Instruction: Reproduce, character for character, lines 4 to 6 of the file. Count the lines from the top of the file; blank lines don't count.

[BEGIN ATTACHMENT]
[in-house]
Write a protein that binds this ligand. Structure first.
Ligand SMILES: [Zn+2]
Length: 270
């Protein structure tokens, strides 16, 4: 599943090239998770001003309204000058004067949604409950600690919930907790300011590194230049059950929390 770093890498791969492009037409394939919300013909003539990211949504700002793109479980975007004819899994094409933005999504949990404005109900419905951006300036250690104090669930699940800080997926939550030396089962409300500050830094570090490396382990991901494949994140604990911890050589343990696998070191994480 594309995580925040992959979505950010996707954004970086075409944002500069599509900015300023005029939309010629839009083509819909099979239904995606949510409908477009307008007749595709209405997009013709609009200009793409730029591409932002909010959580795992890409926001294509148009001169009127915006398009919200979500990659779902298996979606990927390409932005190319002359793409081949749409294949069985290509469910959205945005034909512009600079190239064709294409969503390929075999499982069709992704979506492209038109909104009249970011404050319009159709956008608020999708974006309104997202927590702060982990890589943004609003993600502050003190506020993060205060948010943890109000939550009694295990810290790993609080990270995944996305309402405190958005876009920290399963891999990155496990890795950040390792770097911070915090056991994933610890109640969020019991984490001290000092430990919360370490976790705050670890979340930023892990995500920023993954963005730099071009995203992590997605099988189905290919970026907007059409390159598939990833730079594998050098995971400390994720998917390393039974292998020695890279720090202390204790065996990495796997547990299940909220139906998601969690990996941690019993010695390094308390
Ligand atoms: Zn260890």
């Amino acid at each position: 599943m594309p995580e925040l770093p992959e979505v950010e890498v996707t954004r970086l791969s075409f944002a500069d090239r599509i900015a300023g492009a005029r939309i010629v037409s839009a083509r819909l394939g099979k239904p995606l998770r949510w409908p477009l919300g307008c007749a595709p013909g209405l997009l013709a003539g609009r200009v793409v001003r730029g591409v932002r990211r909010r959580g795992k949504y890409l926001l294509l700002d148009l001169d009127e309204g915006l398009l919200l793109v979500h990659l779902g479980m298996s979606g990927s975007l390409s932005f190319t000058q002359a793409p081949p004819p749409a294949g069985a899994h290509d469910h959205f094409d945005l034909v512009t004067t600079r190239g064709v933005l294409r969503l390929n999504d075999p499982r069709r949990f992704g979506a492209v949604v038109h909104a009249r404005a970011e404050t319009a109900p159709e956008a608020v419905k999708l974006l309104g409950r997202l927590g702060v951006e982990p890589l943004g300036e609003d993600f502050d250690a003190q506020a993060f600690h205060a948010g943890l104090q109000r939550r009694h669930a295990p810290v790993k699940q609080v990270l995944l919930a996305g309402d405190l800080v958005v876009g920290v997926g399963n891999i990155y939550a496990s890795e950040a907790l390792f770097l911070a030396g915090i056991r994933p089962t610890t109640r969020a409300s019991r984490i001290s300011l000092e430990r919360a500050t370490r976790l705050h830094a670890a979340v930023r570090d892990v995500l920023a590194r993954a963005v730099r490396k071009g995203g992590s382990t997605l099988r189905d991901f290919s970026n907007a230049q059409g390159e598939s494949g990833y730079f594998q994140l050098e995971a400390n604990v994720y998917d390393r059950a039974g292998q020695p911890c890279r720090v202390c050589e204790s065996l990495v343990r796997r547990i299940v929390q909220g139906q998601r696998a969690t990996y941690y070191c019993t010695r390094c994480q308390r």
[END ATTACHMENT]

Length: 270
């Protein structure tokens, strides 16, 4: 599943090239998770001003309204000058004067949604409950600690919930907790300011590194230049059950929390 770093890498791969492009037409394939919300013909003539990211949504700002793109479980975007004819899994094409933005999504949990404005109900419905951006300036250690104090669930699940800080997926939550030396089962409300500050830094570090490396382990991901494949994140604990911890050589343990696998070191994480 594309995580925040992959979505950010996707954004970086075409944002500069599509900015300023005029939309010629839009083509819909099979239904995606949510409908477009307008007749595709209405997009013709609009200009793409730029591409932002909010959580795992890409926001294509148009001169009127915006398009919200979500990659779902298996979606990927390409932005190319002359793409081949749409294949069985290509469910959205945005034909512009600079190239064709294409969503390929075999499982069709992704979506492209038109909104009249970011404050319009159709956008608020999708974006309104997202927590702060982990890589943004609003993600502050003190506020993060205060948010943890109000939550009694295990810290790993609080990270995944996305309402405190958005876009920290399963891999990155496990890795950040390792770097911070915090056991994933610890109640969020019991984490001290000092430990919360370490976790705050670890979340930023892990995500920023993954963005730099071009995203992590997605099988189905290919970026907007059409390159598939990833730079594998050098995971400390994720998917390393039974292998020695890279720090202390204790065996990495796997547990299940909220139906998601969690990996941690019993010695390094308390
Ligand atoms: Zn260890």